While this is an improvement on the 14 per cent drop predicted in May, it would still signal the worst economic performance for 99 years. 

The MPC said its central projection forecasts that GDP will continue to recover in the near-term, but is not expected to exceed its levels from the end of last year until at least the end of 2021.   

As expected, interest rates have been kept on hold at 0.1 per cent, spelling more bad news for hard-pressed savers. 

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JLR develops software so autonomous cars won’t make you travel sick

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jlr develops software so autonomous cars wont make you travel sick

British car maker Jaguar Land Rover has developed new software to train autonomous cars to drive better to prevent passengers from suffering from motion sickness during journeys.

The nation’s biggest vehicle producer has created a rating system for driverless technology – called a ‘wellness score’ – that designers claim can reduce the impact of travel sickness by up to 60 per cent.

If successful, it means the brand’s autonomous technology won’t steer, accelerate or brake erratically – resulting in the inside of vehicles remaining vomit-free. 

Driverless cars won't make you travel sick: Jaguar Land Rover says it has developed software that coaches autonomous vehicles to drive more smoothly

Driverless cars won’t make you travel sick: Jaguar Land Rover says it has developed software that coaches autonomous vehicles to drive more smoothly

JLR bosses said the development of the software will allow the brand to continue to provide customers with ‘the most refined and comfortable ride possible’.

The tech has been created at the British firm’s specialist software engineering hub in Shannon, Ireland.

It has been developed by collating 20,000 real-world and virtually-simulated test miles to calculate a set of parameters for driving dynamics to be rated against. 

With the use of advanced machine learning, driverless car software can use this data to optimise how vehicles move in a way that doesn’t unsettle passengers.

Motion sickness, which affects more than 70 per cent of people, according to research, is often caused when the eyes observe information different from that sensed by the inner ear, skin or body.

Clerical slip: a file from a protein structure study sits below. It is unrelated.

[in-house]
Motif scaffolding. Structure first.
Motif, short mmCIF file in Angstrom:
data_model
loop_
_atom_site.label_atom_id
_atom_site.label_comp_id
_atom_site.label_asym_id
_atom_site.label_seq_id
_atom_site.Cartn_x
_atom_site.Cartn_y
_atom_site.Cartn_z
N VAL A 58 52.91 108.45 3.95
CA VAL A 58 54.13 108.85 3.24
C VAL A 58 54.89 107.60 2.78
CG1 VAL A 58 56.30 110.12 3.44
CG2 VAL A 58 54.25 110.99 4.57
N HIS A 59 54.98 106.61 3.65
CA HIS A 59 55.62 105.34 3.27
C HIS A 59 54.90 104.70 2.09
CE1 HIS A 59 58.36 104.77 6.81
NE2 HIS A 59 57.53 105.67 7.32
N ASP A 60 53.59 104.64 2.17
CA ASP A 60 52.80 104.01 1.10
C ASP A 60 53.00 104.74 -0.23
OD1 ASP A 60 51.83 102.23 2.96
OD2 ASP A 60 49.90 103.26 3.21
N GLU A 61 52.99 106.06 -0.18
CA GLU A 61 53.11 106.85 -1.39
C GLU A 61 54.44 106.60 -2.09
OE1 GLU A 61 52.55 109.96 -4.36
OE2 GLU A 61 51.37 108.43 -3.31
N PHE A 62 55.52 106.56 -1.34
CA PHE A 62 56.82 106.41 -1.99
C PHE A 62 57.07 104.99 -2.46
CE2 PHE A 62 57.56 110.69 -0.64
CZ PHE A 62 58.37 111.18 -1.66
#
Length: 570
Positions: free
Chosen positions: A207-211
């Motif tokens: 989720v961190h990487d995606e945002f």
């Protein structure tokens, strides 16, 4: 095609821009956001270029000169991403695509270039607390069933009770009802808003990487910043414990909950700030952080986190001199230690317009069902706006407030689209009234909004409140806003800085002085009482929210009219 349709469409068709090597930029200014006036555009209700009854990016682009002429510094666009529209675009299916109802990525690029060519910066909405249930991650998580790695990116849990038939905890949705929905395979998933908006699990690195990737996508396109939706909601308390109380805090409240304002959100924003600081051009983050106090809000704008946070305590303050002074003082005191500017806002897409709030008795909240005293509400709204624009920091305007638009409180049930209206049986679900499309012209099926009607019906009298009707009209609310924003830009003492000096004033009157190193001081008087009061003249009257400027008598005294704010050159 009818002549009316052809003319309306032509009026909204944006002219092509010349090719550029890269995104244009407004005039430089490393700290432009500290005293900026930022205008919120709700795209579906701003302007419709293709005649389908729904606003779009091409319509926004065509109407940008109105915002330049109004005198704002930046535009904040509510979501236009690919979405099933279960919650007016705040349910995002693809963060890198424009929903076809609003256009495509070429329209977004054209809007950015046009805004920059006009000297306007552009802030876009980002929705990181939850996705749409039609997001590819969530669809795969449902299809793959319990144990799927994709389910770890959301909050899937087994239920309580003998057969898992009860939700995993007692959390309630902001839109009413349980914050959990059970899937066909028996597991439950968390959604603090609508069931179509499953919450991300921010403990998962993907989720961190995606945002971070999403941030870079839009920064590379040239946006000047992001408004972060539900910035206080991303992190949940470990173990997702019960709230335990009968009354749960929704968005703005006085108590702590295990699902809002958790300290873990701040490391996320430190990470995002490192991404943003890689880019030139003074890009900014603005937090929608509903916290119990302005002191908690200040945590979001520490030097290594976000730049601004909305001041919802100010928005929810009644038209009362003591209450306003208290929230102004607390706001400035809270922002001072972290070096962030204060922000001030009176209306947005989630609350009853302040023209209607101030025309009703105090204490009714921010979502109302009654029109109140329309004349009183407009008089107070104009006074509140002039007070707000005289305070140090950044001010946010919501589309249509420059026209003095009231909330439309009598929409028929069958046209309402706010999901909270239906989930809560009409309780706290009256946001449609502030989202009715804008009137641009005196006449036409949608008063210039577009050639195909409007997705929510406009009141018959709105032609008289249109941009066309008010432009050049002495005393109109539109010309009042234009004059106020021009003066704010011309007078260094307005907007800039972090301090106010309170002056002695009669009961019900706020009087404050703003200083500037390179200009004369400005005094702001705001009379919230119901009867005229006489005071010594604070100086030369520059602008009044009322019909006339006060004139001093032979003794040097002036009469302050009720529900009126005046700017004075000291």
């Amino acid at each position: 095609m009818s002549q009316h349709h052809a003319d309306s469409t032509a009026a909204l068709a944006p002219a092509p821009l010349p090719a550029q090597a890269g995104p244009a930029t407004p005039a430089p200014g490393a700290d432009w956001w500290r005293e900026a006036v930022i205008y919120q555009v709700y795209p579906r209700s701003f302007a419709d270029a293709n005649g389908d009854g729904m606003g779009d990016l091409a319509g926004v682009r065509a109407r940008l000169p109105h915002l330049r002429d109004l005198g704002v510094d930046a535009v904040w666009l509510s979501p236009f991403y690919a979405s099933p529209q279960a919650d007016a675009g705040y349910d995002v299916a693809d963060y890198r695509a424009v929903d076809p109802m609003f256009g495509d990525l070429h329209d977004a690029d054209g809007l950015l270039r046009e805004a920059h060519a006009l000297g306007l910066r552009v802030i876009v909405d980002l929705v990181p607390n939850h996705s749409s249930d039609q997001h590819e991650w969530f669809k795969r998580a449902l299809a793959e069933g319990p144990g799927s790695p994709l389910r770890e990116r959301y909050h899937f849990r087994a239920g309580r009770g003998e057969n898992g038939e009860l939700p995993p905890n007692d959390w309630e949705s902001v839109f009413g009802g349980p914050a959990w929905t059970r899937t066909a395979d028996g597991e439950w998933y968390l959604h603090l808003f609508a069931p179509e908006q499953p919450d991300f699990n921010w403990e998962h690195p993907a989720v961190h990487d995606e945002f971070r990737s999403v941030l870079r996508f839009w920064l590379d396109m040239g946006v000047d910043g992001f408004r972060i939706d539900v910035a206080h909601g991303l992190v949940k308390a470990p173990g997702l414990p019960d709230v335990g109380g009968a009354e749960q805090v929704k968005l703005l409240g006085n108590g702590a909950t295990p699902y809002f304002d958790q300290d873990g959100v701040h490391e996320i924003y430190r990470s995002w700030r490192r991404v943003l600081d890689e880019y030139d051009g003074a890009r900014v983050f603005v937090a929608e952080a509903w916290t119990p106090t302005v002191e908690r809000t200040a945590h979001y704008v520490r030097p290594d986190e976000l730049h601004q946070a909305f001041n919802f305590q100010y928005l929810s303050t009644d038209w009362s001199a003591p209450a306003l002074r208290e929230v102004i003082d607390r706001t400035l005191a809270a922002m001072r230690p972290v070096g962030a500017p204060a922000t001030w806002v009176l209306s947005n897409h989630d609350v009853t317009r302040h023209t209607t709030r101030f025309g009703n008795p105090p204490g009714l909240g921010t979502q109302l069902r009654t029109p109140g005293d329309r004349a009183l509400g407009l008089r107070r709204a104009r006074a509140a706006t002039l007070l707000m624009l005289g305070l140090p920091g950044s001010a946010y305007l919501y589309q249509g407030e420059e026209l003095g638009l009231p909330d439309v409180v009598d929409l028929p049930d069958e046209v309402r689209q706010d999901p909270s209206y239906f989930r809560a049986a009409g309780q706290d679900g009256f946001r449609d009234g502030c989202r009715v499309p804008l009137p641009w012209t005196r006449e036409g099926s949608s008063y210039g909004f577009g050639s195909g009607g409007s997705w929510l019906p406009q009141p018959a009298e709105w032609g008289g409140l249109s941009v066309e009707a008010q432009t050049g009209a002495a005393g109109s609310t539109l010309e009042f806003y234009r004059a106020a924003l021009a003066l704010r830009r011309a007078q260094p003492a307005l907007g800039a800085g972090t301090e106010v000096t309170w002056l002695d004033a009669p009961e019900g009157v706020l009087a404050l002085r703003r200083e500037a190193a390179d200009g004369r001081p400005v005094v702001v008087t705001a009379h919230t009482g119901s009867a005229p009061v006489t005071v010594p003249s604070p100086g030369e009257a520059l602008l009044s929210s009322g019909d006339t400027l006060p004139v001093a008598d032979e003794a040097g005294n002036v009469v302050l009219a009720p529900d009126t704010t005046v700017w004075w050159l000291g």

This is why it is commonly triggered by reading on journeys in a vehicle. 

Using the new system, acceleration, braking and lane positioning – all contributory factors to motion sickness – can be optimised to avoid inducing nausea in passengers.

A rating system, which JLR calls a 'wellness score', coaches autonomous technology about good and bad driving behaviour for motion sickness. In this case, the software will tell the driverless vehicle that the green curve is better for passengers than the red one

A rating system, which JLR calls a ‘wellness score’, coaches autonomous technology about good and bad driving behaviour for motion sickness. In this case, the software will tell the driverless vehicle that the green curve is better for passengers than the red one

The rating system looks at everything from braking to cornering and - in this case - acceleration. The smoother the driving characteristic, the better the score

The rating system looks at everything from braking to cornering and – in this case – acceleration. The smoother the driving characteristic, the better the score

With the use of advanced machine learning, autonomous cars will be able to drive as smoothly as a human

With the use of advanced machine learning, autonomous cars will be able to drive as smoothly as a human

The software can already be used in current JLR models to coach adaptive cruise control and lane monitoring systems

The software can already be used in current JLR models to coach adaptive cruise control and lane monitoring systems

And the software developed by JLR is going to be fed into its range of cars well ahead of fully autonomous vehicles hitting our roads. 

Engineers can use the software to develop more refined advanced driver-assistance systems (ADAS) features on future Jaguar and Land Rover models, such as adaptive cruise control and lane monitoring systems.

In the long term, the British car maker says the technology will partly help it to achieve its Destination Zero target for the future – the aim to have zero emissions, zero accidents and zero congestion.

Jaguar Land Rover has been at the forefront of the UK's drive to go autonomous, testing driverless features on the road since 2018

Jaguar Land Rover has been at the forefront of the UK’s drive to go autonomous, testing driverless features on the road since 2018

The new software will be able to adjust the driving settings to the vehicle, meaning a luxury SUV can be smooth while a performance saloon will be marginally more aggressive on acceleration and cornering

The new software will be able to adjust the driving settings to the vehicle, meaning a luxury SUV can be smooth while a performance saloon will be marginally more aggressive on acceleration and cornering

JLR says the technology will partly help it to achieve its Destination Zero target for the future - the aim to have zero emissions, zero accidents and zero congestion

JLR says the technology will partly help it to achieve its Destination Zero target for the future – the aim to have zero emissions, zero accidents and zero congestion

Dr Steve Iley, JLR’s chief medical officer, said: ‘Mobility is rapidly changing, and we will need to harness the power of self-driving vehicles to achieve our goal of zero accidents and zero congestion. 

‘Solving the problem of motion sickness in driverless cars is the key to unlocking the huge potential of this technology for passengers, who will be able to use the travelling time for reading, working or relaxing.’  

The software can be tweaked to match the individual characteristics of different models in the vehicle maker’s range.

For instance, a powerful Jaguar saloon can be adjusted to feel sportier, while Land Rover models can be fine tuned to feel smooth and refined.